The other day we had a graduation party for my little sister. She’s 17 soon to be 18 heading to one of the local community colleges with a glimmer in her eye. So much potential, so much hope, so much enthusiasm. What does she want to do? Art.
Sitting eating tacos at the party I thought about how we grew up and how our parents always encouraged us to do what we love. Find your passion and the money will come, they would say.
From a young age I had a very logical, scientific approach to life. At every turn I tried my best to do the practical thing. I went for the jobs that would make me the most money and tried to learn to like them along the way.
My sister, on the other hand, has always been an emotional decision maker. She does what her heart tells her is right and she doesn’t tend to stray into relationships or activities that go against what she believes.
“Do what you love and make money doing it” is an old cliche I used to make fun of a lot. Even as an 8th grader I remember thinking that people didn’t really make money doing music or acting. People who went to art school or decided to write were idiots. I was very smart indeed for having a reasonable head on my shoulders and when the time came I’d do the sensible thing: get a boring job that was sure to pay the bills well.
Well, I’ve been at this adult thing for six years and going after the safe jobs hasn’t made me very happy.
Quit Your Job?
In reading personal finance blogs I tend to come across posts that say “quit your job and do what you love!” I wouldn’t say I’m a member of that camp because I’m much too risk averse. I’m all about practicality and I don’t think quitting your job outright is a very practical move. Still, I can’t help noticing that the writings of some older, wiser humans than me seem to point to “do what you love.”
A recent survey found that most millennials have a side hustle of some kind. That is partly a symptom of housing and living expenses being less affordable but I think it speaks to my generation’s pursuit of what they love.
Lesson: if you can’t do what you love full-time then certainly do make time for it and make some money at it if you can. I guess you could say my side hustle is writing. I don’t do writing for the money though, I do it because it feeds my soul. It makes me feel alive.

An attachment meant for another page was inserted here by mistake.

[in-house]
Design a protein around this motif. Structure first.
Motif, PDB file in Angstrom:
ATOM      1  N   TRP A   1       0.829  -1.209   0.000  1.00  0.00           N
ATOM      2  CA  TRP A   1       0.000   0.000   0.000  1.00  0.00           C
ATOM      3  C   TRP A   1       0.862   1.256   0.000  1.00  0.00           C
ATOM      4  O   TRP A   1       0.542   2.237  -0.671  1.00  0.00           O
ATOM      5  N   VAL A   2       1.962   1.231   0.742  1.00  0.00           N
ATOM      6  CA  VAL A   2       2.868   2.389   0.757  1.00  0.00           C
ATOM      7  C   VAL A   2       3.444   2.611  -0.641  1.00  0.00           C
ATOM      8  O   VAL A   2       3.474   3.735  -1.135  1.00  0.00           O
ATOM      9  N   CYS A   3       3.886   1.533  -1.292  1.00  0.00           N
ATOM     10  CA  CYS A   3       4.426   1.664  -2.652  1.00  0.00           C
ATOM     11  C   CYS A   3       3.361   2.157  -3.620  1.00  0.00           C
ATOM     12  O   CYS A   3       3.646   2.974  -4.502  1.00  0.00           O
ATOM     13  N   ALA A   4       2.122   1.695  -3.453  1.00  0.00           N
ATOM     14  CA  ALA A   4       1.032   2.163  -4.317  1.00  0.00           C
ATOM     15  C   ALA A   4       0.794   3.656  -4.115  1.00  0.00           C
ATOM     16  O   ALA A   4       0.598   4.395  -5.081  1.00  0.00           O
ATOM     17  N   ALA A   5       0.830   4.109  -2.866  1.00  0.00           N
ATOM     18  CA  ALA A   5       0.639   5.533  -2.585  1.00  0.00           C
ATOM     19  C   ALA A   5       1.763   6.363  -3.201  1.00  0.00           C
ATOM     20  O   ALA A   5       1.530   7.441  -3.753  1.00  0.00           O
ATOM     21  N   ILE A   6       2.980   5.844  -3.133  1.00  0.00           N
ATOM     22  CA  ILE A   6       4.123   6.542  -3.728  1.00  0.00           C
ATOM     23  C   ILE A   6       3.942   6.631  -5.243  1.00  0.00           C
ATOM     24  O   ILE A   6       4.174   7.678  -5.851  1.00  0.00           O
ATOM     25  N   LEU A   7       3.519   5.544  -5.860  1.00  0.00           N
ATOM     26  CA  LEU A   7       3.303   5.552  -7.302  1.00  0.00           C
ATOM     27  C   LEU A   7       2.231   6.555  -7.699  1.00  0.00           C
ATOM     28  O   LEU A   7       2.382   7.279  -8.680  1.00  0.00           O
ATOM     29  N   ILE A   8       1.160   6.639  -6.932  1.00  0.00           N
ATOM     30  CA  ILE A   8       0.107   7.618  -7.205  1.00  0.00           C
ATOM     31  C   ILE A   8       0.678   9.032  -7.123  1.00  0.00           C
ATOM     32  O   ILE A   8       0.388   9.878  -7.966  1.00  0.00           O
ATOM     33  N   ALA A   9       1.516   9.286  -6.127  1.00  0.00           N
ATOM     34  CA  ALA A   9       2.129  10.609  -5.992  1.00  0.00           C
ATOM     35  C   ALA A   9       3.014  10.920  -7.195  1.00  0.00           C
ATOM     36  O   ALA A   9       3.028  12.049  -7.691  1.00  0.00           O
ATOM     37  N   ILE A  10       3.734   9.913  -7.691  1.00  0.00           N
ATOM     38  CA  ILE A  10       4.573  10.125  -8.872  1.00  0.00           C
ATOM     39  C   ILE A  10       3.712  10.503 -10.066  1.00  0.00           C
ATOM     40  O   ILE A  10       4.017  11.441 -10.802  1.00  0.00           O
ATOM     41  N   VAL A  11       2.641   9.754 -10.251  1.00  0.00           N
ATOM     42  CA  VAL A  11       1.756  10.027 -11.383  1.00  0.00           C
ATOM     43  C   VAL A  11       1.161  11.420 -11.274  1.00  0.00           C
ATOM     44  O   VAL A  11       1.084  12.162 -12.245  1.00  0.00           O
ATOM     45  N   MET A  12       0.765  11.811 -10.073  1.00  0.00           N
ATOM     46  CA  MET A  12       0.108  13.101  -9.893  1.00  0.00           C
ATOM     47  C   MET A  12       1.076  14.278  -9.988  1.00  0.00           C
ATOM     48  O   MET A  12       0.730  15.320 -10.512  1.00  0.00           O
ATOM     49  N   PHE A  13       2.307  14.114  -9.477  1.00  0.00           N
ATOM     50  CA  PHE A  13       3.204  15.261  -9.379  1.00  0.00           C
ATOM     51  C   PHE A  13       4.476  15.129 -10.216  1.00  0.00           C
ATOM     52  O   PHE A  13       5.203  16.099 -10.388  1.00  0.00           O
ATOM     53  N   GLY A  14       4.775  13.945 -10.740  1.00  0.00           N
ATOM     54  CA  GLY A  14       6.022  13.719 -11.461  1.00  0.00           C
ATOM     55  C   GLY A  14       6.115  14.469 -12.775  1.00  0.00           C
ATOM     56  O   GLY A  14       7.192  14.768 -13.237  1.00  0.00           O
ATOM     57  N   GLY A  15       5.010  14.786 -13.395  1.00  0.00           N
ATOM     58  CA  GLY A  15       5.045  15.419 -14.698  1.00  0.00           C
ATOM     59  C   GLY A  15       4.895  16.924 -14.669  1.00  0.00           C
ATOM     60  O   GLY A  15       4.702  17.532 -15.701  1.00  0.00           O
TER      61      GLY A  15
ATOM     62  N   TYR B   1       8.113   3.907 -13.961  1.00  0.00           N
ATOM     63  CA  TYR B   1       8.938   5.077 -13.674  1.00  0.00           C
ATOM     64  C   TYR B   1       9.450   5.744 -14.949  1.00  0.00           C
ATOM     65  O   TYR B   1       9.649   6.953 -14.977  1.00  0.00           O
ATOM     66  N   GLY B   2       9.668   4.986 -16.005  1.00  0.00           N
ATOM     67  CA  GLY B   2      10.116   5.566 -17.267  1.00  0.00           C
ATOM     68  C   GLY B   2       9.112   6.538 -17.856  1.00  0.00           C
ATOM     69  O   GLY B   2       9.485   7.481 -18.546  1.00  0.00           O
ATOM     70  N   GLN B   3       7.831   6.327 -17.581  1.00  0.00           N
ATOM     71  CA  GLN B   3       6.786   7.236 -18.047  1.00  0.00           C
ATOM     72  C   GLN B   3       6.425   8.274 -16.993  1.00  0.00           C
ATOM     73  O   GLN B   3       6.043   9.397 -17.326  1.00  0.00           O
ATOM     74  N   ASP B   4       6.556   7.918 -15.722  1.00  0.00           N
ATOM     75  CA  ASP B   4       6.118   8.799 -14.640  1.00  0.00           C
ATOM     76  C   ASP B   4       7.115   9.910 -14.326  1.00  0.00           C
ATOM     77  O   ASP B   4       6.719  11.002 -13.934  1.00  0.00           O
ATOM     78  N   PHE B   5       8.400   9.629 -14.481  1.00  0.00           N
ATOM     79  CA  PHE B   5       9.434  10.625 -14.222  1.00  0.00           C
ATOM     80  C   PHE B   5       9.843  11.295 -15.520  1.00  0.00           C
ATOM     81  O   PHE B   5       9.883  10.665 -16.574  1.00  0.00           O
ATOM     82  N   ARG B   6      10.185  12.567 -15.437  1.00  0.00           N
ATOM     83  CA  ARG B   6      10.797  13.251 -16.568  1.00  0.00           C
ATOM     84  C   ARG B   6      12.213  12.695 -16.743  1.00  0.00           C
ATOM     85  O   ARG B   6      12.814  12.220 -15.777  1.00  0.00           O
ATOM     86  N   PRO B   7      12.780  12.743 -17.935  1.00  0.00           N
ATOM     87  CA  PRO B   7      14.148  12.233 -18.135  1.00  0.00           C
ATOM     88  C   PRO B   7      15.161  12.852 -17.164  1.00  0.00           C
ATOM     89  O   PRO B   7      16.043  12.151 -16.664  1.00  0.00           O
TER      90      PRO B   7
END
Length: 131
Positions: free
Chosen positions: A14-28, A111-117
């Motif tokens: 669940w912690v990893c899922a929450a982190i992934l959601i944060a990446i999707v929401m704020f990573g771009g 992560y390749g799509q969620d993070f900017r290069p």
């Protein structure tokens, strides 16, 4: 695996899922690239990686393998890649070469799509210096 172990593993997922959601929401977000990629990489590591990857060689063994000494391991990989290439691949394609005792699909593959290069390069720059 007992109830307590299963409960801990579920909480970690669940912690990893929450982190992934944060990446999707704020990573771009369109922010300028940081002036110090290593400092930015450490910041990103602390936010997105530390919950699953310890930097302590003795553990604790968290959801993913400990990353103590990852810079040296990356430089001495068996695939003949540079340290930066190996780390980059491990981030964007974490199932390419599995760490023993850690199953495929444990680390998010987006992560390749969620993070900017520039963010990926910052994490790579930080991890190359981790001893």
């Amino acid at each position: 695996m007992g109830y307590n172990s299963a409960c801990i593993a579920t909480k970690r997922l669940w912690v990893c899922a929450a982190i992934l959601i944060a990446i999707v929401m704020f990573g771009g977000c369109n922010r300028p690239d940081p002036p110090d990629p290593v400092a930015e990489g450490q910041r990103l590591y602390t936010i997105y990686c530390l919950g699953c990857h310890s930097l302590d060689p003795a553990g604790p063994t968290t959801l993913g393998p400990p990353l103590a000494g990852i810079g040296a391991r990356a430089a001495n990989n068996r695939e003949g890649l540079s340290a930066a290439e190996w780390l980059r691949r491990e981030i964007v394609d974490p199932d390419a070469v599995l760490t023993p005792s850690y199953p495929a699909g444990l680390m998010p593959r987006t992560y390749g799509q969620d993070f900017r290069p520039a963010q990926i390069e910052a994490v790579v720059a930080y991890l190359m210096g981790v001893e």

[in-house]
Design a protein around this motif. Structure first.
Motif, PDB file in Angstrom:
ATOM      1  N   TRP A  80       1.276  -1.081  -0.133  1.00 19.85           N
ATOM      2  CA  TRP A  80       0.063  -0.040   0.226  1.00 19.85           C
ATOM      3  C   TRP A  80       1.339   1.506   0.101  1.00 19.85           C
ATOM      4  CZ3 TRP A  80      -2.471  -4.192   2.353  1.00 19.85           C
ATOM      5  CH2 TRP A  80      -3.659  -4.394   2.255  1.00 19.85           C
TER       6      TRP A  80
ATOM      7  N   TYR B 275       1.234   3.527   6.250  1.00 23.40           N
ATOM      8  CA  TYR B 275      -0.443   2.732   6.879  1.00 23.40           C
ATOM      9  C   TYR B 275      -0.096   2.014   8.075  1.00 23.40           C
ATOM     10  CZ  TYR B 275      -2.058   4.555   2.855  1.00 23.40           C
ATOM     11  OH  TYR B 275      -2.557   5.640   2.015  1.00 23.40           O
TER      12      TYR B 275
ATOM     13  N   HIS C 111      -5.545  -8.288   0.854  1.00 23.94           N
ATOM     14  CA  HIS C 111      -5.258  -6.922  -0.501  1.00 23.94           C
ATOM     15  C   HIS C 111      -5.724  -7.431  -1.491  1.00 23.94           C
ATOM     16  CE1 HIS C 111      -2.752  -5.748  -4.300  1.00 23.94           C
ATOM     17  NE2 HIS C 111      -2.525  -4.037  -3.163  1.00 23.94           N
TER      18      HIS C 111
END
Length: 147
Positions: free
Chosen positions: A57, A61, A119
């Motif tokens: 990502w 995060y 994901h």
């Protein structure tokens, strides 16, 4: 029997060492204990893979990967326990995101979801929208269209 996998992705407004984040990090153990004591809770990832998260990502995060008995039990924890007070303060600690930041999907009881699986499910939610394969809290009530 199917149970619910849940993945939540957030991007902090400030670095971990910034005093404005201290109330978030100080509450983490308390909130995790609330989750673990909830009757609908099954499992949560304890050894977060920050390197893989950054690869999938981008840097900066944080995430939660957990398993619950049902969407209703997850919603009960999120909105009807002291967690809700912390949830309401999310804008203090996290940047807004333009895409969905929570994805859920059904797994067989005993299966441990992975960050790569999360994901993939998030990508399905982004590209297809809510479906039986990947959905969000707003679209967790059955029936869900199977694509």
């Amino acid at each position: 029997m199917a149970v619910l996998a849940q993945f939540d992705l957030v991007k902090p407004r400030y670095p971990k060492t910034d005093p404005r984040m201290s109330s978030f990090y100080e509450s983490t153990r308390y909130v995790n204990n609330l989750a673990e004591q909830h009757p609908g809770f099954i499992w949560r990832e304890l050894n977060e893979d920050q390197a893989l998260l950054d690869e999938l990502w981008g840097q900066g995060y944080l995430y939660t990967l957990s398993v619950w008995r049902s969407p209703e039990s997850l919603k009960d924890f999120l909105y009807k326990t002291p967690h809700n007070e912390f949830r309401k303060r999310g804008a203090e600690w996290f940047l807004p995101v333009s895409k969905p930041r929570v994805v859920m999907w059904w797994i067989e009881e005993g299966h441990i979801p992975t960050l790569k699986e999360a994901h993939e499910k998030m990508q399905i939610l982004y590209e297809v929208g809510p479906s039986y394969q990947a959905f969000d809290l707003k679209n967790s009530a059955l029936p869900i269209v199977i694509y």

I think we underestimate the power of doing things that we love whether they make money or not. If our passions do make us money, all the better! It just means we can do more of that and less of what we don’t really want to be doing. Mihaly Csikszentmihalyi spoke in his TED Talk about the concept of flow. Flow is losing yourself in an activity. You disconnect from yourself in the activity and the work just seems to flow out of you. I think of flow as being a lot like meditation. It’s an amazing feeling to lose yourself for a bit, to have a clarity and steadiness of the mind.
It’s no surprise that people who have more flow in their lives are happier individuals. At the very least passionate pursuits give us purpose in our lives. That alone makes them more valuable than an extra bonus check.
The Education Dillema
I have one big gripe with our current system of education: in many cases it acts as an artificial barrier to a job rather than a true “education” for doing that job. I can name probably a hundred careers that require an advanced degree that have nothing to do with the actual degree; you learn how to do the job on the job.
Degrees have almost become this filtering system instead of a teaching system. Colleges weed out the otherwise brilliant minds who just can’t show up to class or can’t bother to do homework. Essentially, a bachelors degree says to an employer “I’ll probably show up for work on time and follow directions.” I think it’s super dumb that Americans are carrying $1.2 trillion in collective student loan debt. And for what? Some arbitrary aptitude test?
When my sister implied that she wanted to study art my mom went kind of ballistic. She was calm and supportive on the outside but underneath she was an inferno of worry. I’m sure she pictured her beautiful 17 year old daughter lying in a cardboard box selling $1 sketches on the street corner.
The issue I had with the art was not the art itself. It was the idea of going to school for it. I couldn’t see the logic in spending four years and $15,000 being taught to do something subjective. My opinion is generally that school ruins creativity instead of helping it.
She’s a great artist by the way
As I got older I became a lot less idealistic about people’s vocations but the core of my beliefs stayed the same. I respected people who chose jobs that were in demand, jobs in good industries that paid good benefits. When I went to college I immediately went towards something I did not want to do. My mom had worked in the same industry and made $100,000 a year. So, I reasoned, I would get into the same work and have an easy in. Six months later I dropped out of college. I had no real connection to what I was working towards and eventually that lack of passion among other factors killed my college work.